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Financial markets and the current account: emerging Europe versus emerging Asia

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  • Sabine Herrmann

    ()

  • Adalbert Winkler

Abstract

Financial globalisation has been associated with divergent current account patterns in emerging market economies. While countries in emerging Asia have been running sizeable current account surpluses, countries in emerging Europe have been facing large current account deficits. In this paper we test for the relevance of financial market characteristics in explaining divergent current account patterns in emerging Europe and emerging Asia based on the assumption that both regions constitute two different convergence clubs with the euro area and the US representing the core, respectively. In line with the theoretical literature, we find that better developed and more integrated financial markets increase emerging markets´ ability to borrow abroad. The degree of financial integration within the convergence clubs as well as the extent of reserve accumulation are found to be the most significant factors to explain divergent current account patterns in emerging Europe and emerging Asia. We conclude that the overall character of integration matters for the pattern of current account developments in catching-up economies. --

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Bibliographic Info

Article provided by Springer in its journal Review of World Economics.

Volume (Year): 145 (2009)
Issue (Month): 3 (October)
Pages: 531-550

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Handle: RePEc:spr:weltar:v:145:y:2009:i:3:p:531-550

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Related research

Keywords: F15; F21; O16; O52; O53; Real convergence; Economic integration; Saving and investment; Current account developments; Financial markets; Emerging market economies;

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Citations

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Cited by:
  1. Dubravko Mihaljek, 2008. "The financial stability implications of increased capital flows for emerging market economies," BIS Papers chapters, in: Bank for International Settlements (ed.), Financial globalisation and emerging market capital flows, volume 44, pages 11-44 Bank for International Settlements.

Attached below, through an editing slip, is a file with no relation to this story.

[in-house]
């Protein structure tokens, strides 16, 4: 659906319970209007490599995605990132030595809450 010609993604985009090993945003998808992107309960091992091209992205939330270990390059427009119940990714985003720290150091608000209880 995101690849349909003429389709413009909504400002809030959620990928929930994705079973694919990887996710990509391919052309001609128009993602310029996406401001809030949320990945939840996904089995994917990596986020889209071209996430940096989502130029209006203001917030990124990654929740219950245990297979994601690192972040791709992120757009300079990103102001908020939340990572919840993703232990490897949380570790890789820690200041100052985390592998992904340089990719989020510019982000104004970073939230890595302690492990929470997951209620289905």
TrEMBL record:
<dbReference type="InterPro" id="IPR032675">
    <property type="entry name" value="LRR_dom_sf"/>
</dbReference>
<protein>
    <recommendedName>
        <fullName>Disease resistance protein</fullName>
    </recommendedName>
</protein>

2. Daniel Leigh & Stefania Fabrizio & Ashoka Mody, 2009. "The Second Transition," IMF Working Papers 09/43, International Monetary Fund.
  3. Matthieu Bussière & Emilia Pérez‐Barreiro & Roland Straub & Daria Taglioni, 2011. "Protectionist Responses to the Crisis: Global Trends and Implications," The World Economy, Wiley Blackwell, vol. 34, pages 826-852, 05.
  4. Martin Schmitz, 2014. "Financial remoteness and the net external position," Review of World Economics (Weltwirtschaftliches Archiv), Springer, vol. 150(1), pages 191-219, February.
  5. Ruben Atoyan & Jonathan F Manning & Jesmin Rahman, 2013. "Rebalancing," IMF Working Papers 13/74, International Monetary Fund.
  6. Smith, Constance, 2011. "External Balance Adjustment: An Intra-National and International Comparison," Working Papers 2011-13, University of Alberta, Department of Economics.
  7. Orszaghova, Lucia & Savelin, Li & Schudel, Willem, 2013. "External competitiveness of EU candidate countries," Occasional Paper Series 141, European Central Bank.
  8. Wildmann, Christian, 2010. "What drives portfolio investments of German banks in emerging capital markets?," Discussion Paper Series 2: Banking and Financial Studies 2010,04, Deutsche Bundesbank, Research Centre.
  9. Gunther Schnabl & Stephan Freitag, 2012. "Reverse Causality in Global and Intra-European Imbalances," Review of International Economics, Wiley Blackwell, vol. 20(4), pages 674-690, 09.
  10. Gunther Schnabl & Stephan Freitag, 2012. "Determinants of Global and Intra-European Imbalances," Global Financial Markets Working Paper Series 25-2011, Friedrich-Schiller-University Jena.
  11. Schnabl, Gunther & Freitag, Stephan, 2009. "An asymmetry matrix in global current accounts," Working Papers 76, University of Leipzig, Faculty of Economics and Management Science.
  12. Danica Unevska Andonova & Branimir Jovanovic, 2011. "Sustainability of the Macedonian Current Account," Working Papers 2011-06, National Bank of the Republic of Macedonia.
  13. Anton Jevcak & Ralph Setzer & Massimo Suardi, 2010. "Determinants of Capital Flows to the New EU Member States Before and During the Financial Crisis," European Economy - Economic Papers 425, Directorate General Economic and Monetary Affairs (DG ECFIN), European Commission.

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